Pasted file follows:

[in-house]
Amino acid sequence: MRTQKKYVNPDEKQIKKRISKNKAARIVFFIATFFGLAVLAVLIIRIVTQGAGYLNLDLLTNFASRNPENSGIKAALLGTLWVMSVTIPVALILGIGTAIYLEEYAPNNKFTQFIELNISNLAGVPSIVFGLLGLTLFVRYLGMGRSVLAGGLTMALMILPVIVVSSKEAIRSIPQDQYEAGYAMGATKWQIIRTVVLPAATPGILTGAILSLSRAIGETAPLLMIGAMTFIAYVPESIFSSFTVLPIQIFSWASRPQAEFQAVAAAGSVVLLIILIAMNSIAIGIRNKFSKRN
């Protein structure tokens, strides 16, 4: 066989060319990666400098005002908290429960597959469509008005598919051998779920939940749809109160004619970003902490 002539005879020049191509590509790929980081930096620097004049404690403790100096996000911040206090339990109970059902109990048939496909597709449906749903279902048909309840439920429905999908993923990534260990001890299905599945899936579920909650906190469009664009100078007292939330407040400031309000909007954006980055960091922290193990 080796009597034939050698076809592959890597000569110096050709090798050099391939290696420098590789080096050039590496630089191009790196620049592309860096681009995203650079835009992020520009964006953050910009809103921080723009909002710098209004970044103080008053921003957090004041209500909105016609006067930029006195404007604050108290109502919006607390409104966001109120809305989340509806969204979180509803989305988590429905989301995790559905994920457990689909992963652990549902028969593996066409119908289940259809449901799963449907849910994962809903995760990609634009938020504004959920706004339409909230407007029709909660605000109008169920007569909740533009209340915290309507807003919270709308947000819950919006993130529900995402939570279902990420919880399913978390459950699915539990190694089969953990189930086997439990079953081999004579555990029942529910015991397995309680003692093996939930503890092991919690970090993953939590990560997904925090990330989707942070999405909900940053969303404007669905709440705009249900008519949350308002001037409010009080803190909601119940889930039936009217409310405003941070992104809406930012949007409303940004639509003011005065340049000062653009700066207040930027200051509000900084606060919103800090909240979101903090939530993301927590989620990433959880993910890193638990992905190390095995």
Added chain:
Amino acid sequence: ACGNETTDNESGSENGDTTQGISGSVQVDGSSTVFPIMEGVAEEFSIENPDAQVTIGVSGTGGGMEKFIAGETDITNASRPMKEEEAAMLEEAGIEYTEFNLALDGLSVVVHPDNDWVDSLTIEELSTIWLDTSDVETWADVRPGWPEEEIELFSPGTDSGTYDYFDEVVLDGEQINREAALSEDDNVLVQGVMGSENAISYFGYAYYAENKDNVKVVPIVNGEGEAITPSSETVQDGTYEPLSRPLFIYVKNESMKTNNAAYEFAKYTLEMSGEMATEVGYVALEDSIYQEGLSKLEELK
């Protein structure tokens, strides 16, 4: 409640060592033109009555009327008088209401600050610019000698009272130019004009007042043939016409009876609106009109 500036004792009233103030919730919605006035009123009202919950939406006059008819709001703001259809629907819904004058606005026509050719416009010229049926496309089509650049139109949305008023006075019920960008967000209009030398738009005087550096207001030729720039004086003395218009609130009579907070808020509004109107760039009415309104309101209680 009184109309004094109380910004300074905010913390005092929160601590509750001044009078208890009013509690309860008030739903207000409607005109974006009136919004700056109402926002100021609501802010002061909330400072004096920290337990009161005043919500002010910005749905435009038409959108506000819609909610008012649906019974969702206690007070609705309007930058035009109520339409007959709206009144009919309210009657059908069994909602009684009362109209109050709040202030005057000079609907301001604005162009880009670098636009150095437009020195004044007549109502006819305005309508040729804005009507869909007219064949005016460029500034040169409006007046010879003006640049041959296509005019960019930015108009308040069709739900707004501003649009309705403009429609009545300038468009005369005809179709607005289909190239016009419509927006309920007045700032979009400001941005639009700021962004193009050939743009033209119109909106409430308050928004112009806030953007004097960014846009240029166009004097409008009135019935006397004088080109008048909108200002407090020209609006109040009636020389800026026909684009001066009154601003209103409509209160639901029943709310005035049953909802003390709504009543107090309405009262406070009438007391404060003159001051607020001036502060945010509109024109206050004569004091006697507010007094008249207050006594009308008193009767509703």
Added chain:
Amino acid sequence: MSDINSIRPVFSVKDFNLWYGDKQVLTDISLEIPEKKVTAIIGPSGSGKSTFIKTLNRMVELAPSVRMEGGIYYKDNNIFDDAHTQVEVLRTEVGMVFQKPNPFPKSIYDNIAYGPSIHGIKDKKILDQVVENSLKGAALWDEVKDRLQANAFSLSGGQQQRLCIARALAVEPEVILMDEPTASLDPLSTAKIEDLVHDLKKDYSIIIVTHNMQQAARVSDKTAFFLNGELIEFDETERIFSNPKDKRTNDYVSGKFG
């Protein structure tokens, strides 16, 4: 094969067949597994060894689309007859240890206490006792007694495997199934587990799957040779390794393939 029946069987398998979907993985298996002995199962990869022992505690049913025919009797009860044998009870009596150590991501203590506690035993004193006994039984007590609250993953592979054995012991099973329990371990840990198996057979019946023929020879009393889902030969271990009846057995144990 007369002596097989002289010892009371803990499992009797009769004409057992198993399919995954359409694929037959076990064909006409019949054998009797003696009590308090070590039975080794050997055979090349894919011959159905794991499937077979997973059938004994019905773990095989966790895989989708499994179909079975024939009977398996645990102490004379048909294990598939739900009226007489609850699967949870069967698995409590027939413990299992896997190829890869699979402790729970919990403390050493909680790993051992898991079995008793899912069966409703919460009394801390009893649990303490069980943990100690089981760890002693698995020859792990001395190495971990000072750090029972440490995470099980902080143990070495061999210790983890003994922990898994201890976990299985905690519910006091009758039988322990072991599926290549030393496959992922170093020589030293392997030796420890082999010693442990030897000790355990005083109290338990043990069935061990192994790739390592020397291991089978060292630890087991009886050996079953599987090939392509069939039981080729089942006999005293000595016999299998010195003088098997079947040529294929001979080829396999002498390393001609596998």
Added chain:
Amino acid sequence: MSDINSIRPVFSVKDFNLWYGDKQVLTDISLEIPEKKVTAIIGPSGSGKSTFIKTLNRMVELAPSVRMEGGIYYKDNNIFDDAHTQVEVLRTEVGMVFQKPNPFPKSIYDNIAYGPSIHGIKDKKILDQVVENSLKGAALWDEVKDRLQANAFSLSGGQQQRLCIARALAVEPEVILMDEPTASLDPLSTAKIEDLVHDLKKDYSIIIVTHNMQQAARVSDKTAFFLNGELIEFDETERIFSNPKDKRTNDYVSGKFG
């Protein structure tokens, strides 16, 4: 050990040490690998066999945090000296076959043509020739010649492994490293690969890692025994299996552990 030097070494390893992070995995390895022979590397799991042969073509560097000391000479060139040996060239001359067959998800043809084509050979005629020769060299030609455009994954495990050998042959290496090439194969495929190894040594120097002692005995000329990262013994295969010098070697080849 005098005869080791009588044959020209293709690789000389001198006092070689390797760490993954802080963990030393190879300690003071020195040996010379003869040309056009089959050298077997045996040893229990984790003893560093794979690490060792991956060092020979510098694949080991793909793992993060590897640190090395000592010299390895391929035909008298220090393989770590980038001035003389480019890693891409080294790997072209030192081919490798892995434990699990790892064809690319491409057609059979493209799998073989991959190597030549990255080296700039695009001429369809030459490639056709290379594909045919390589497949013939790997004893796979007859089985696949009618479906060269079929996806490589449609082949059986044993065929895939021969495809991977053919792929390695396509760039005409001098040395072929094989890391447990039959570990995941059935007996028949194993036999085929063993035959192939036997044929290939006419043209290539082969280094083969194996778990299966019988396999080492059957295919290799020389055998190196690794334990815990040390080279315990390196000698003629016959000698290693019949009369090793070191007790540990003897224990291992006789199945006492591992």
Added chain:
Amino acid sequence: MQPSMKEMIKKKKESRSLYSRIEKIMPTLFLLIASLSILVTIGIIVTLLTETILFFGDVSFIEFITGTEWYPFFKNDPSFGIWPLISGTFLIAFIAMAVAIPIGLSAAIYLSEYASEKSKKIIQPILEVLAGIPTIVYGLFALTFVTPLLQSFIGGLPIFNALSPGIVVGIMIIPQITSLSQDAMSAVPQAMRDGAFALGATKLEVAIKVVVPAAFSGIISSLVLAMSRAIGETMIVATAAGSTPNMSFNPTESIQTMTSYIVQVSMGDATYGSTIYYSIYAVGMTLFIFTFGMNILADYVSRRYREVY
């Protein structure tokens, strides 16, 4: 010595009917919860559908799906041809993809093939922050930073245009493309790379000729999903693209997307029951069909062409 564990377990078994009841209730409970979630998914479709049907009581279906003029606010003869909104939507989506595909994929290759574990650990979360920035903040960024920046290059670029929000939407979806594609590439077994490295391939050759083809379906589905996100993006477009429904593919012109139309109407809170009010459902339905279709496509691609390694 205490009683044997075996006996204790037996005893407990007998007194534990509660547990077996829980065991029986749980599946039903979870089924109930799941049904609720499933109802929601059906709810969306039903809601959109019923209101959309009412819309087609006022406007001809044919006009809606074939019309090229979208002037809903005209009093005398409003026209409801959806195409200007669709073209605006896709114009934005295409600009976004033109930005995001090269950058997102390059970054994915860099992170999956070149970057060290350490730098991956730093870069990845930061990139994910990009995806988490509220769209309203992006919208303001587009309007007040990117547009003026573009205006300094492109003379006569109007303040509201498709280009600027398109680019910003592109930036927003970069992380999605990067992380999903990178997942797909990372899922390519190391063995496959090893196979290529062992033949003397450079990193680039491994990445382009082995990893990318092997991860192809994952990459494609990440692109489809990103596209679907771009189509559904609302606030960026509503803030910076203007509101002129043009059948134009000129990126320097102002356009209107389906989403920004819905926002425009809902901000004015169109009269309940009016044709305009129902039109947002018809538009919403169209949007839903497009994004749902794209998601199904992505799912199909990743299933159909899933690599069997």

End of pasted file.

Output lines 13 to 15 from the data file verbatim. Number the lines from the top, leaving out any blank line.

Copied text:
Added chain:
Amino acid sequence: MQPSMKEMIKKKKESRSLYSRIEKIMPTLFLLIASLSILVTIGIIVTLLTETILFFGDVSFIEFITGTEWYPFFKNDPSFGIWPLISGTFLIAFIAMAVAIPIGLSAAIYLSEYASEKSKKIIQPILEVLAGIPTIVYGLFALTFVTPLLQSFIGGLPIFNALSPGIVVGIMIIPQITSLSQDAMSAVPQAMRDGAFALGATKLEVAIKVVVPAAFSGIISSLVLAMSRAIGETMIVATAAGSTPNMSFNPTESIQTMTSYIVQVSMGDATYGSTIYYSIYAVGMTLFIFTFGMNILADYVSRRYREVY
């Protein structure tokens, strides 16, 4: 010595009917919860559908799906041809993809093939922050930073245009493309790379000729999903693209997307029951069909062409 564990377990078994009841209730409970979630998914479709049907009581279906003029606010003869909104939507989506595909994929290759574990650990979360920035903040960024920046290059670029929000939407979806594609590439077994490295391939050759083809379906589905996100993006477009429904593919012109139309109407809170009010459902339905279709496509691609390694 205490009683044997075996006996204790037996005893407990007998007194534990509660547990077996829980065991029986749980599946039903979870089924109930799941049904609720499933109802929601059906709810969306039903809601959109019923209101959309009412819309087609006022406007001809044919006009809606074939019309090229979208002037809903005209009093005398409003026209409801959806195409200007669709073209605006896709114009934005295409600009976004033109930005995001090269950058997102390059970054994915860099992170999956070149970057060290350490730098991956730093870069990845930061990139994910990009995806988490509220769209309203992006919208303001587009309007007040990117547009003026573009205006300094492109003379006569109007303040509201498709280009600027398109680019910003592109930036927003970069992380999605990067992380999903990178997942797909990372899922390519190391063995496959090893196979290529062992033949003397450079990193680039491994990445382009082995990893990318092997991860192809994952990459494609990440692109489809990103596209679907771009189509559904609302606030960026509503803030910076203007509101002129043009059948134009000129990126320097102002356009209107389906989403920004819905926002425009809902901000004015169109009269309940009016044709305009129902039109947002018809538009919403169209949007839903497009994004749902794209998601199904992505799912199909990743299933159909899933690599069997």